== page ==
Once upon a time, it was said that you had made your Sunday obligation if you got to Mass before the priest uncovered the chalice and did not leave until he had covered it up again. And that is why, my fellow Edinburgh TLMers, it is when Father covers the chalice that I gather up my belongings and toddle out the more easterly door towards the church hall. Unless there's Adoration or the Blessing of Throats, I figure I have five, maybe ten minutes, to set the tea table before the first children come bursting in or the first adult appears looking for a cuppa.
It takes concentration, and as soon as I take off my hat and coat, I'm in the Zone.
Usually another lady appears, whom I welcome with shouts of joy and instructions like "More cups! Saucers! Milk jugs! We need spoons."
I seem to remember my predecessors leaving a tad earlier--right after Holy Communion, for example--but they were older than me and possibly slower-moving. In their day, I was a dashing, relatively young-ish married woman, who associated the pouring out of the tea and the drying of the cups with the over-70 set, the Old Guard who stayed faithful to the Traditional Latin Mass from the darkest days of the 1960s and 1970s. Miss Campbell, who studied Anglo-Saxon at the University of Glasgow even before Tolkien had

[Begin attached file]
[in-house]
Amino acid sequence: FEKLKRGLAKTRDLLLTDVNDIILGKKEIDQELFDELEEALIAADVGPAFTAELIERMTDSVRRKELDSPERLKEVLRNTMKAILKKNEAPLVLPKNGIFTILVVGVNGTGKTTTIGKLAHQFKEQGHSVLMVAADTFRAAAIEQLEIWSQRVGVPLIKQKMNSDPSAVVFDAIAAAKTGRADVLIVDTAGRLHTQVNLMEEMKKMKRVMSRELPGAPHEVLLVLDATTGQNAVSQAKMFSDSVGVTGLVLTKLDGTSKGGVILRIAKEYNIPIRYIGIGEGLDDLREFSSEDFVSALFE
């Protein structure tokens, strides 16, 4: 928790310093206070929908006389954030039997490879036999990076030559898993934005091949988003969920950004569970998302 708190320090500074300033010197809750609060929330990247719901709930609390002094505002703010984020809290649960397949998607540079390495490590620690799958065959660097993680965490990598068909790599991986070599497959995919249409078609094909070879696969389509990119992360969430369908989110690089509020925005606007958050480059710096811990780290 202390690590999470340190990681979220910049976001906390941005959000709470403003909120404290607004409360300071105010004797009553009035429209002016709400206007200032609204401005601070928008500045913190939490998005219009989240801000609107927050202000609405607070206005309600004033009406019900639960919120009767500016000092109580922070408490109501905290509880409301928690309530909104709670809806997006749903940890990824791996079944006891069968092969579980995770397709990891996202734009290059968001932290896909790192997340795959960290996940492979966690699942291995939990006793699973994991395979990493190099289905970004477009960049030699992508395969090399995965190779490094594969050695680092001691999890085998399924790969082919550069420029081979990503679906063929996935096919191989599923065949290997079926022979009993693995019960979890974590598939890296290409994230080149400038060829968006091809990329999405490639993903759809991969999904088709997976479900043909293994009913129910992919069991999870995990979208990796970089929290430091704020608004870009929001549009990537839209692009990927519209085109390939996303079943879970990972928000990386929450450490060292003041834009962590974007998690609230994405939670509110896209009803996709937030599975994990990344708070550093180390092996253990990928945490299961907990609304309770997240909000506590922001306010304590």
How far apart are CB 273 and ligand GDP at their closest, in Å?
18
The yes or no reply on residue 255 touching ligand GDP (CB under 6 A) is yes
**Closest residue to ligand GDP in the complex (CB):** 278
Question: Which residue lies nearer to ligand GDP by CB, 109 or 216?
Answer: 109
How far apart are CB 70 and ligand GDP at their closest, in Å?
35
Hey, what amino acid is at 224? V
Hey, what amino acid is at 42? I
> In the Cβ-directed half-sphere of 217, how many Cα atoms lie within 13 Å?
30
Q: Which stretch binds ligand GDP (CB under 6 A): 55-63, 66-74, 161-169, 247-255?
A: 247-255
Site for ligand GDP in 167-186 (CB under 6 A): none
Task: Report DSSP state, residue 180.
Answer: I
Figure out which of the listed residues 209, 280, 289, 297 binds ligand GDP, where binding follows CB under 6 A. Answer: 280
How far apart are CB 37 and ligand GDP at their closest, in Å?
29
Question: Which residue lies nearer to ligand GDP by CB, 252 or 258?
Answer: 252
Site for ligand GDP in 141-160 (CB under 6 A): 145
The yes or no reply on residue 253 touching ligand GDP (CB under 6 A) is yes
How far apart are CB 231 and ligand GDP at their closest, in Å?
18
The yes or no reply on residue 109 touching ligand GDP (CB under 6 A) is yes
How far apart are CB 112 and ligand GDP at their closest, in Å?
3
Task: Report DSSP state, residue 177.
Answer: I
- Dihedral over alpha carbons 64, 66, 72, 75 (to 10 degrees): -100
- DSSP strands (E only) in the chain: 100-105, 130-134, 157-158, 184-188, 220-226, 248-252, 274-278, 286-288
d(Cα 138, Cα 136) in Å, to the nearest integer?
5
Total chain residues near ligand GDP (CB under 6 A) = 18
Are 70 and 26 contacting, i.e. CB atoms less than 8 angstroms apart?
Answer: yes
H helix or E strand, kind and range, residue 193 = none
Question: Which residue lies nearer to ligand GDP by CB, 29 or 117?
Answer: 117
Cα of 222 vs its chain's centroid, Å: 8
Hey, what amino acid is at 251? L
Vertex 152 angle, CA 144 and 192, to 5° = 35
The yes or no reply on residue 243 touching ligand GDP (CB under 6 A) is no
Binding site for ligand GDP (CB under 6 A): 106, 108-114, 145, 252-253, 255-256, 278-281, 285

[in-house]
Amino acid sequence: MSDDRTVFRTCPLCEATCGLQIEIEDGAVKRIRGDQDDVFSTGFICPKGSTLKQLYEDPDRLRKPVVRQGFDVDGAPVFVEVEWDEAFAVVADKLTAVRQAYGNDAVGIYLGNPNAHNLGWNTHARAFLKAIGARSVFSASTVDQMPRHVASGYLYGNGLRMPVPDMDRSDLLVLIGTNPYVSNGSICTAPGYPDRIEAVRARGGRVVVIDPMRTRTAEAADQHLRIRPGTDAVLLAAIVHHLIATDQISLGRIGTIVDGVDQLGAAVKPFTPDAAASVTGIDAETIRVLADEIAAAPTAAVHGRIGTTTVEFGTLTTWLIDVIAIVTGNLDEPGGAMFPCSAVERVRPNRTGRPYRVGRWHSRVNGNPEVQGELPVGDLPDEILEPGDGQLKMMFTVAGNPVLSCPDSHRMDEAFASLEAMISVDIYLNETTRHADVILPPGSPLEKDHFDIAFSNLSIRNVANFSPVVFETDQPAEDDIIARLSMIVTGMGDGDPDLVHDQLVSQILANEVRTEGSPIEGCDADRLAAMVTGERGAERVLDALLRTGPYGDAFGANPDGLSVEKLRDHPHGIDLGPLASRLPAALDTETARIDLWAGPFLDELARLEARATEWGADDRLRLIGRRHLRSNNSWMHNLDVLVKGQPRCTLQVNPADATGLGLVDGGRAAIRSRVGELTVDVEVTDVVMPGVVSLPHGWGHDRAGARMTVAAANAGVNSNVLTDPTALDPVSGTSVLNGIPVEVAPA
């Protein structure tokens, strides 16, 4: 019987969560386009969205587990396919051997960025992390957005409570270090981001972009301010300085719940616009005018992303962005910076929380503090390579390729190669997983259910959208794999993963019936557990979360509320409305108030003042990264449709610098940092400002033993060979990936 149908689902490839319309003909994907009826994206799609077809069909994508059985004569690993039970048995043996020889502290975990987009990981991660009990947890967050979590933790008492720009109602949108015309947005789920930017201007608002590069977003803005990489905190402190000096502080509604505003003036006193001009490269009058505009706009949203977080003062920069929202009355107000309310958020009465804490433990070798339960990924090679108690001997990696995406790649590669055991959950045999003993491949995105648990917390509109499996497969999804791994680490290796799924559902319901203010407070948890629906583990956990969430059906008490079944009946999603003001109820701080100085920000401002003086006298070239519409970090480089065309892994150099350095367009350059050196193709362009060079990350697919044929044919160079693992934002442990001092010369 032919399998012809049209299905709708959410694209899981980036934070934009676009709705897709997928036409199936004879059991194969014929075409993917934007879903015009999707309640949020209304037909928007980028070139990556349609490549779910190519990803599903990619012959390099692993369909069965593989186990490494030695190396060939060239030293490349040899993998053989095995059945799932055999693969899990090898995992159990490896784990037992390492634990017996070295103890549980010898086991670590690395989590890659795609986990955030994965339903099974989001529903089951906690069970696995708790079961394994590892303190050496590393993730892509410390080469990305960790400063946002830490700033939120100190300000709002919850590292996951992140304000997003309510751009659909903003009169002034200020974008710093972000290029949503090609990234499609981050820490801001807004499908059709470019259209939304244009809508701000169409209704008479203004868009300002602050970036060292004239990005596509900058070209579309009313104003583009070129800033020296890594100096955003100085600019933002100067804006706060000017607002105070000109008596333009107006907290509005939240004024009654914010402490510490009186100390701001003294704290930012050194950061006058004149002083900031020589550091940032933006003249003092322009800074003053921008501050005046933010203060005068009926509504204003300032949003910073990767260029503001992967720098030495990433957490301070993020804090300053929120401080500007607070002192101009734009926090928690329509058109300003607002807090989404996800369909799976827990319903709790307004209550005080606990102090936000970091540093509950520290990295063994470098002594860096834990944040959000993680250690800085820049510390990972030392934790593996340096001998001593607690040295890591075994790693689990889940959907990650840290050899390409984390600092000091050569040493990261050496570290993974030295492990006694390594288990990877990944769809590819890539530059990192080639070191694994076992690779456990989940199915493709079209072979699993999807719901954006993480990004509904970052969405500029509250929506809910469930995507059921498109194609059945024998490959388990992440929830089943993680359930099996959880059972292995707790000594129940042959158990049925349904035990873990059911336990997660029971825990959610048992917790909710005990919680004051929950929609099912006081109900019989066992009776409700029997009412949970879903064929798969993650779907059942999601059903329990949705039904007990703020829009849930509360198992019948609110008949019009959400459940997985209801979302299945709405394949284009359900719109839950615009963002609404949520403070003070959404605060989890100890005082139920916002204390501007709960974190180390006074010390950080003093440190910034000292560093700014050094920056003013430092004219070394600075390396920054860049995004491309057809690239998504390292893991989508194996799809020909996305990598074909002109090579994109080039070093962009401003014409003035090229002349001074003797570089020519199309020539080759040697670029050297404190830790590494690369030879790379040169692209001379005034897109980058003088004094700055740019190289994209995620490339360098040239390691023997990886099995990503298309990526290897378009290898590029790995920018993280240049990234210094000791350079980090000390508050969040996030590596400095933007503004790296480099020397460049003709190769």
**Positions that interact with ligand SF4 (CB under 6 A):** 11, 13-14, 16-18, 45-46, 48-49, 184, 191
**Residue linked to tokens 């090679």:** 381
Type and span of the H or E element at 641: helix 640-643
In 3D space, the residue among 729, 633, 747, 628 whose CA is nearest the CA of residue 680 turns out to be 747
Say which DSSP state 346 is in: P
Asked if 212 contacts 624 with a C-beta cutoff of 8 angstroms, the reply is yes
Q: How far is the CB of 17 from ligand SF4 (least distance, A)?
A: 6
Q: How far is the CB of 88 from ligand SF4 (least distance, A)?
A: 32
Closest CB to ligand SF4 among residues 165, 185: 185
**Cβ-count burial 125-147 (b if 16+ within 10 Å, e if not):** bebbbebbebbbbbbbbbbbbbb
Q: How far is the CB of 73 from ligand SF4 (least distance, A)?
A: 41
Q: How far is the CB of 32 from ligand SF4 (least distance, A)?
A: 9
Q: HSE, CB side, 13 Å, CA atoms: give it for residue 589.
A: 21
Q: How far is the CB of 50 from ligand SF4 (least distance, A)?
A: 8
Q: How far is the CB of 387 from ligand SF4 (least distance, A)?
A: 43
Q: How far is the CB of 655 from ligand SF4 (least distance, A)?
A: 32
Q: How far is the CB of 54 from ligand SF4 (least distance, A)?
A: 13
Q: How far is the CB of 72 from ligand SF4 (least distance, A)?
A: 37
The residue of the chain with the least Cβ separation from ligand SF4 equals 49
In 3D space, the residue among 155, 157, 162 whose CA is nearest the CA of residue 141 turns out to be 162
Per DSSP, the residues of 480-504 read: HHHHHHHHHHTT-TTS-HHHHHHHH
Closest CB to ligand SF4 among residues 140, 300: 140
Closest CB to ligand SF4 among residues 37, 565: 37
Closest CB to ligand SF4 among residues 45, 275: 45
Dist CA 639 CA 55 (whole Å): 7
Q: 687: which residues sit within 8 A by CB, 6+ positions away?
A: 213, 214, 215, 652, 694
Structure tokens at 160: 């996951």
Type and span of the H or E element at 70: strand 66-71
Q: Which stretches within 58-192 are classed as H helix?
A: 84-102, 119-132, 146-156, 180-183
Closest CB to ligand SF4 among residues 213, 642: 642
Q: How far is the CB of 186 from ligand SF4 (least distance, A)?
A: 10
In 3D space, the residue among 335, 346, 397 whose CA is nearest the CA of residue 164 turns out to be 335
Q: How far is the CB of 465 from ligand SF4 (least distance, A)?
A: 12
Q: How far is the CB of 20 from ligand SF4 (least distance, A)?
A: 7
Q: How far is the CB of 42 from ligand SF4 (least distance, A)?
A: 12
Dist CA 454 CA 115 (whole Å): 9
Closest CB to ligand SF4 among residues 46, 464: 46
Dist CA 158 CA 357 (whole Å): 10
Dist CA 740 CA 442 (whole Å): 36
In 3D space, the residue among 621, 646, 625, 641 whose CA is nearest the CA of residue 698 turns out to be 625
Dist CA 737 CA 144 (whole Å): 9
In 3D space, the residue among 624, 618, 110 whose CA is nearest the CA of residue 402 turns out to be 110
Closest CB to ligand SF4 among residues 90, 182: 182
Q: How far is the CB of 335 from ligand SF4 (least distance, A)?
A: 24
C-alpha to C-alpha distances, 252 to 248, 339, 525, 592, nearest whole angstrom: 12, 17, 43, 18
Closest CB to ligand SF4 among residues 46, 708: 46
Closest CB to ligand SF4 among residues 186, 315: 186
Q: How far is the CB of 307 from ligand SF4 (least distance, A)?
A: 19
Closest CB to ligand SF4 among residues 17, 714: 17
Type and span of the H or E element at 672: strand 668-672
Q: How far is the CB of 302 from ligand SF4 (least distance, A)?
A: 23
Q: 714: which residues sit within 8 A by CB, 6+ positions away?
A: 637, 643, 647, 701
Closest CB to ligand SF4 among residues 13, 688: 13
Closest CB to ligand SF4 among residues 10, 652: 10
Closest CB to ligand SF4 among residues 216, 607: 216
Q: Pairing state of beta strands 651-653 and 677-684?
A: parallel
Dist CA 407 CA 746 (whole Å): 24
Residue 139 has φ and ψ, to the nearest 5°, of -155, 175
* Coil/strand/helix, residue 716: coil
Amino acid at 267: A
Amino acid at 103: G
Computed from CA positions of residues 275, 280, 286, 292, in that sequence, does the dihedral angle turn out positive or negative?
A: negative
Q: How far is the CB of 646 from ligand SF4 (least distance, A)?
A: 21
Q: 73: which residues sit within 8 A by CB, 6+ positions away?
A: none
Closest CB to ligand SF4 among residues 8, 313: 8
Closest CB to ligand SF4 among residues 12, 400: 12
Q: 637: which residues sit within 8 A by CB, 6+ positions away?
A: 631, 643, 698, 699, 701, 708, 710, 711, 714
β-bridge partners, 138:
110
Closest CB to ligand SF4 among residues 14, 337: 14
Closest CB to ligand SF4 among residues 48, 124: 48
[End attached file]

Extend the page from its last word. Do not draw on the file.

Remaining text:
written published The Monster and the Critics, brought a dish towel in her handbag and rose up once she had finished her tea and tired of chatter to help the other Old Guard ladies to dry the dishes.
Miss Campbell has now joined the list of the parishioners I remember in my prayers at Mass, and today I (cough) feature as one of the older ladies of the community, in part because the average age of our members has plummeted in the past four years. Yes, we always attracted students, but now we have been sought out by a number of young parents, too. Loving what they find in the church, they often go into the hall afterwards, bringing their babies, toddlers and more active children. And loving children, they periodically appear with new ones bundled up in their arms. And one mother, seeing on a visit that--unlike her usual parish community--our community had children her sons' age, opted for the Traditional Latin Mass simply because of that. (In Canada,